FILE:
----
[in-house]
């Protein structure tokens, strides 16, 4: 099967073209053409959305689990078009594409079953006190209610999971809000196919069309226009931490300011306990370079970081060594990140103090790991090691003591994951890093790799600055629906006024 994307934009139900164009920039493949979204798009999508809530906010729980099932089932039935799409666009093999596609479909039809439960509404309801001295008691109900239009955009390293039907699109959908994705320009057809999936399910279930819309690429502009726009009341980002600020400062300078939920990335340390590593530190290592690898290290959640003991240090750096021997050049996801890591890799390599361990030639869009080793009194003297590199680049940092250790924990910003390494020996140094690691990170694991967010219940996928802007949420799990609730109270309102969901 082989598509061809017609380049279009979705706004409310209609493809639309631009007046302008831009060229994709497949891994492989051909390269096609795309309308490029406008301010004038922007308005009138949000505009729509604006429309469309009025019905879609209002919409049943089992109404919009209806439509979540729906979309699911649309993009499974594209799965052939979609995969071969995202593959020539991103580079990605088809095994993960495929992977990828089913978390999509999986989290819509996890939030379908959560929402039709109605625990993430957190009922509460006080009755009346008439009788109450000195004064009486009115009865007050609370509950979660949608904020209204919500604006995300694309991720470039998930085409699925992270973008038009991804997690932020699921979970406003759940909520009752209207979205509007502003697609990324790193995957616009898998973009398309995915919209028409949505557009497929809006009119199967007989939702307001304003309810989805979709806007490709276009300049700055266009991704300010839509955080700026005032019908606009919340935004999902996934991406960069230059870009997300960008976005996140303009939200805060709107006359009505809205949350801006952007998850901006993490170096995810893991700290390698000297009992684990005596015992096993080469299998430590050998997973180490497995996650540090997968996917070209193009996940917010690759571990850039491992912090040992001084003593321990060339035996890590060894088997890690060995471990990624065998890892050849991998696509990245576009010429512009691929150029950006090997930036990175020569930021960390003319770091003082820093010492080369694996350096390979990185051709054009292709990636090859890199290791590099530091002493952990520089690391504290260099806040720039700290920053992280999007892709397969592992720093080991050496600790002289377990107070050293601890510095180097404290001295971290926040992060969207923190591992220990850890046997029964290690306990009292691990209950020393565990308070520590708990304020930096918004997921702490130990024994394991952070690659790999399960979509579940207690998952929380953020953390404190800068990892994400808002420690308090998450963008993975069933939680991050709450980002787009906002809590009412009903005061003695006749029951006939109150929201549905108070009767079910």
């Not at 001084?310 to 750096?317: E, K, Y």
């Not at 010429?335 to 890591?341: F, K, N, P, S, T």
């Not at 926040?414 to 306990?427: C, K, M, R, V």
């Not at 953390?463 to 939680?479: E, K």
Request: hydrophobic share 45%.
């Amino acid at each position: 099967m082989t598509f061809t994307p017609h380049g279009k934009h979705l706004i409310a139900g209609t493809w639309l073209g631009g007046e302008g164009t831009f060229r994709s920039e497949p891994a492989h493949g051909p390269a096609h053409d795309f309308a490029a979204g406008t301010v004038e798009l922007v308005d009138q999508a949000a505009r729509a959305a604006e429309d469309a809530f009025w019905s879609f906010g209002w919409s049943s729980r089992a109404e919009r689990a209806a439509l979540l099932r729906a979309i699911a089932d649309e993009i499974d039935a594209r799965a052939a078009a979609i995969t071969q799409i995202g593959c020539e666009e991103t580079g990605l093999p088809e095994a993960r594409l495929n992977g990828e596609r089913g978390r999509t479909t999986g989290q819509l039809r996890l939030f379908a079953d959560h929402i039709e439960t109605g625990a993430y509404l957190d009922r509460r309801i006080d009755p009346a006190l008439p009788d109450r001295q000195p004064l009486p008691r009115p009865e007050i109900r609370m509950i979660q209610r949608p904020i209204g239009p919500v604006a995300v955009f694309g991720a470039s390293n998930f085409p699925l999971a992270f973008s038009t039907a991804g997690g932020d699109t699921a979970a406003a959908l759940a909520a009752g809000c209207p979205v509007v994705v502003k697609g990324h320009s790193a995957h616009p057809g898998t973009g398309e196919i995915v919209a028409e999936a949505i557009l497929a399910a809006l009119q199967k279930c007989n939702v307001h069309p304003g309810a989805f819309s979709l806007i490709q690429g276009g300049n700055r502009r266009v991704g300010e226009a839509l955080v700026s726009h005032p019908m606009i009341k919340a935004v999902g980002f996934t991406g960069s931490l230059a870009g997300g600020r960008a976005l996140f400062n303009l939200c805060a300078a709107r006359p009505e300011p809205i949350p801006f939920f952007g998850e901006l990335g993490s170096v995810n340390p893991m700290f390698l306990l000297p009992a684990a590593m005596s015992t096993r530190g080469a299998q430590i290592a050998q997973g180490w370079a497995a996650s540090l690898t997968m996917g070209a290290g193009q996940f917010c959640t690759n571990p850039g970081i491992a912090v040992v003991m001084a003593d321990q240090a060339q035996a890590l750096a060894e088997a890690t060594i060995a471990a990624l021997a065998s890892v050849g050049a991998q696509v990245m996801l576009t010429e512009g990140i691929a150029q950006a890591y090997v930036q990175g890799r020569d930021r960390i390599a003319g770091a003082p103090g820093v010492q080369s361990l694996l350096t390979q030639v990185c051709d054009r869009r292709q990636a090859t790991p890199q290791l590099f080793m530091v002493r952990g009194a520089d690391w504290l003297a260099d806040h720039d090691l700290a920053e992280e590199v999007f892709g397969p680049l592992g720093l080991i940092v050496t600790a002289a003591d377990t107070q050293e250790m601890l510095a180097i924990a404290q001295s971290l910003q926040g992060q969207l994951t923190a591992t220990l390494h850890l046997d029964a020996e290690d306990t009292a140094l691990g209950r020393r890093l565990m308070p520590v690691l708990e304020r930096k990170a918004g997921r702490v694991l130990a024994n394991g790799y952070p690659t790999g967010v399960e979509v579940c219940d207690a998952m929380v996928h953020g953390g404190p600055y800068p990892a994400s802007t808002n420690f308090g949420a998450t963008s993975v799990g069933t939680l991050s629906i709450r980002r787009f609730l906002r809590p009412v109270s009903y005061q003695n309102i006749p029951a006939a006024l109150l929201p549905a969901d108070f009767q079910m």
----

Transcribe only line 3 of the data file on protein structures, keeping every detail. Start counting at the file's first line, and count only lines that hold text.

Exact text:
């Not at 001084?310 to 750096?317: E, K, Y």